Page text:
2. Donate the securities. If you were planning to sell the equity investments and donate the proceeds via check to a charity, consider donating the stocks or stock funds directly to your chosen charity. Most charities these days accept such donations, which aren’t subject to capital gains taxes and which also can mean an extra deduction on your tax bill. “Some charities need time to do the paperwork, so the sooner you can do the donation in December, the better,” says Mr. Balasa, who suggests making such a move this week rather than closer to the Christmas holiday.
3. Sell losers along with your winners. While it may be hard to find stock losers in a year like this one, that’s not to say that you may not have incurred losses somewhere in your portfolio. With this strategy, you’d sell stocks, bonds, gold or other investments that you’ve lost money on. “There are some asset classes that did take it on the chin in 2013,” Mr. Balasa points out. Then, you could use those capital losses to help offset the capital gains on your tax bill.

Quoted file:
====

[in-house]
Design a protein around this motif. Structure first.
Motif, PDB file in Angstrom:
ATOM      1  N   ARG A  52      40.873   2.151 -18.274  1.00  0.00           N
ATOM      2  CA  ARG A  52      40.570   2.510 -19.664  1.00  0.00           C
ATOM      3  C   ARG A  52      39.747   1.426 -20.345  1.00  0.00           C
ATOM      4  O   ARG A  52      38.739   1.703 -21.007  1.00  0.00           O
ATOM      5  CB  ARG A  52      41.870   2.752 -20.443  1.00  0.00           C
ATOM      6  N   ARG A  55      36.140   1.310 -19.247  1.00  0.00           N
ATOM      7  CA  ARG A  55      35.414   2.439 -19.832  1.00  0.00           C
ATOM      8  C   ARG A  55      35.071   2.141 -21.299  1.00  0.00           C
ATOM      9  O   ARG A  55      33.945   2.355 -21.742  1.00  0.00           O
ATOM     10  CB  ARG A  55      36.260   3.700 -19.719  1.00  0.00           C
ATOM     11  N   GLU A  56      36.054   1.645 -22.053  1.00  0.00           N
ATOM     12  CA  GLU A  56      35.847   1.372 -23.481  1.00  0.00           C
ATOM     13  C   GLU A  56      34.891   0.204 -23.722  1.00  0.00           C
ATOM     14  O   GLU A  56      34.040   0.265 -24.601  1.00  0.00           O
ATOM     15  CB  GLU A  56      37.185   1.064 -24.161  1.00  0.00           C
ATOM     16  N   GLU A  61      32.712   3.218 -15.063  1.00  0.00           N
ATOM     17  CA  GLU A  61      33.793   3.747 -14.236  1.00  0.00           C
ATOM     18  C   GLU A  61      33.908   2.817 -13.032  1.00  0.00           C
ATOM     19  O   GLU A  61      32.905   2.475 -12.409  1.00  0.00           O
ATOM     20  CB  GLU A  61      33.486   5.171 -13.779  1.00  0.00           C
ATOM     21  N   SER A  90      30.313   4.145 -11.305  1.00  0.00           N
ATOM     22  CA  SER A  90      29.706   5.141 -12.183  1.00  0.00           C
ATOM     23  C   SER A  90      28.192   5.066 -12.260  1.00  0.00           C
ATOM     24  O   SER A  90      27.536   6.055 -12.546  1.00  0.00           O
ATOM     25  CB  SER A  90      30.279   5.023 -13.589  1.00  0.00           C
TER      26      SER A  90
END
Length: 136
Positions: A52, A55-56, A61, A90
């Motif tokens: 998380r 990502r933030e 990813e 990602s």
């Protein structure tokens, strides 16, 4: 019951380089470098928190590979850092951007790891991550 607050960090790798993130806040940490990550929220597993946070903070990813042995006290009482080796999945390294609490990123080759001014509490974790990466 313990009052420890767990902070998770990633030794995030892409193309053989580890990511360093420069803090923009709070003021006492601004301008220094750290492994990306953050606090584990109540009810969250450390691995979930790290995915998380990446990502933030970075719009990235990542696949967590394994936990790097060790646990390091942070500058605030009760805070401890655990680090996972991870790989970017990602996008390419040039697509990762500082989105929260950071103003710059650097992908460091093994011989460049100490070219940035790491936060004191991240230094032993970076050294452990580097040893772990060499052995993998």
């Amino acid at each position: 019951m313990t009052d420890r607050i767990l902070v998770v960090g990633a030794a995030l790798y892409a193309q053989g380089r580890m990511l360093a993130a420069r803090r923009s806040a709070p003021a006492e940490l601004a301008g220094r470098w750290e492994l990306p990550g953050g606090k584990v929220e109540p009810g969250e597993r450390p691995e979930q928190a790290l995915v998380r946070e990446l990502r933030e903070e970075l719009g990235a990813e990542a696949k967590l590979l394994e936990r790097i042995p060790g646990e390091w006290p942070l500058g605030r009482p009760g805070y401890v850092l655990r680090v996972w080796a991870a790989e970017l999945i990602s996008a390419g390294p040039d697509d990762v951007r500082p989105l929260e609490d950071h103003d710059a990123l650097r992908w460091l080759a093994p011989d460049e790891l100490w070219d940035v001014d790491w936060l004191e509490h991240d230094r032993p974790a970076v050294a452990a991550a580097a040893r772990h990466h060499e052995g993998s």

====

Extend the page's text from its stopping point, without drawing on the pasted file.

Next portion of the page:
So what’s on my to-do list? I especially like option #2. As the year draws to a close, many of us are thinking about getting those last charitable contributions in before the ball drops in Times Square. If you’re like me, though, you’re used to just taking out the checkbook and writing checks. Mr. Balasa’s tip is a reminder that there can be some advantages to donating appreciated stock instead.
Sue Thompson, CIMA, Managing Director, is Head of the Registered Investment Advisor Group, overseeing the firm’s iShares and 529 sales efforts with registered investment advisors, family offices and asset managers. Sue is a regular contributor to The Blog. You can find more of her posts here.
Source: Mark Balasa, BlackRock